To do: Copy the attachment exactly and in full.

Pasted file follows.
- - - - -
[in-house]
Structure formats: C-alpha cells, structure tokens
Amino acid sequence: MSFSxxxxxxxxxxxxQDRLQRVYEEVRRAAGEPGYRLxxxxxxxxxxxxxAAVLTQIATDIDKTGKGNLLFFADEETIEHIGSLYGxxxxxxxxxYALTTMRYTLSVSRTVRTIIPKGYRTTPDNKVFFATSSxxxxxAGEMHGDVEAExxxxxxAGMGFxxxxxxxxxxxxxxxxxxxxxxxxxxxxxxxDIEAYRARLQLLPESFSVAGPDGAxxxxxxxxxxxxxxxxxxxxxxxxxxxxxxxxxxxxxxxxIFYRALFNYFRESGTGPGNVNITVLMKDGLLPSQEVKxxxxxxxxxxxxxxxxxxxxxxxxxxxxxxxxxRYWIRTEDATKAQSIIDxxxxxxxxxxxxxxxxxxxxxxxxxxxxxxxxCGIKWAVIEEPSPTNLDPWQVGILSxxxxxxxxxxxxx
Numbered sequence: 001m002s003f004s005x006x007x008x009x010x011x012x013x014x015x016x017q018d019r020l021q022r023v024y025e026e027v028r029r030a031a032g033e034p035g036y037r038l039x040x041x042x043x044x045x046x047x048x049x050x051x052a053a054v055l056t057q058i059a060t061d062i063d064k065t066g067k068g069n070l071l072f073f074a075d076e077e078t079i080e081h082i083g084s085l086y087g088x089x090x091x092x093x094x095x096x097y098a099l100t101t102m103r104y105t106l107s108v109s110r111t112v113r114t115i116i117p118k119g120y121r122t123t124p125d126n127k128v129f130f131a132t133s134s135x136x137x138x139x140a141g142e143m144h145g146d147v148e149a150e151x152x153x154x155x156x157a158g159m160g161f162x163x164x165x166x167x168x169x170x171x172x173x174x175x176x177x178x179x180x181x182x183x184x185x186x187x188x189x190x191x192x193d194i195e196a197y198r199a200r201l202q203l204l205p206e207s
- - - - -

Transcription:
[in-house]
Structure formats: C-alpha cells, structure tokens
Amino acid sequence: MSFSxxxxxxxxxxxxQDRLQRVYEEVRRAAGEPGYRLxxxxxxxxxxxxxAAVLTQIATDIDKTGKGNLLFFADEETIEHIGSLYGxxxxxxxxxYALTTMRYTLSVSRTVRTIIPKGYRTTPDNKVFFATSSxxxxxAGEMHGDVEAExxxxxxAGMGFxxxxxxxxxxxxxxxxxxxxxxxxxxxxxxxDIEAYRARLQLLPESFSVAGPDGAxxxxxxxxxxxxxxxxxxxxxxxxxxxxxxxxxxxxxxxxIFYRALFNYFRESGTGPGNVNITVLMKDGLLPSQEVKxxxxxxxxxxxxxxxxxxxxxxxxxxxxxxxxxRYWIRTEDATKAQSIIDxxxxxxxxxxxxxxxxxxxxxxxxxxxxxxxxCGIKWAVIEEPSPTNLDPWQVGILSxxxxxxxxxxxxx
Numbered sequence: 001m002s003f004s005x006x007x008x009x010x011x012x013x014x015x016x017q018d019r020l021q022r023v024y025e026e027v028r029r030a031a032g033e034p035g036y037r038l039x040x041x042x043x044x045x046x047x048x049x050x051x052a053a054v055l056t057q058i059a060t061d062i063d064k065t066g067k068g069n070l071l072f073f074a075d076e077e078t079i080e081h082i083g084s085l086y087g088x089x090x091x092x093x094x095x096x097y098a099l100t101t102m103r104y105t106l107s108v109s110r111t112v113r114t115i116i117p118k119g120y121r122t123t124p125d126n127k128v129f130f131a132t133s134s135x136x137x138x139x140a141g142e143m144h145g146d147v148e149a150e151x152x153x154x155x156x157a158g159m160g161f162x163x164x165x166x167x168x169x170x171x172x173x174x175x176x177x178x179x180x181x182x183x184x185x186x187x188x189x190x191x192x193d194i195e196a197y198r199a200r201l202q203l204l205p206e207s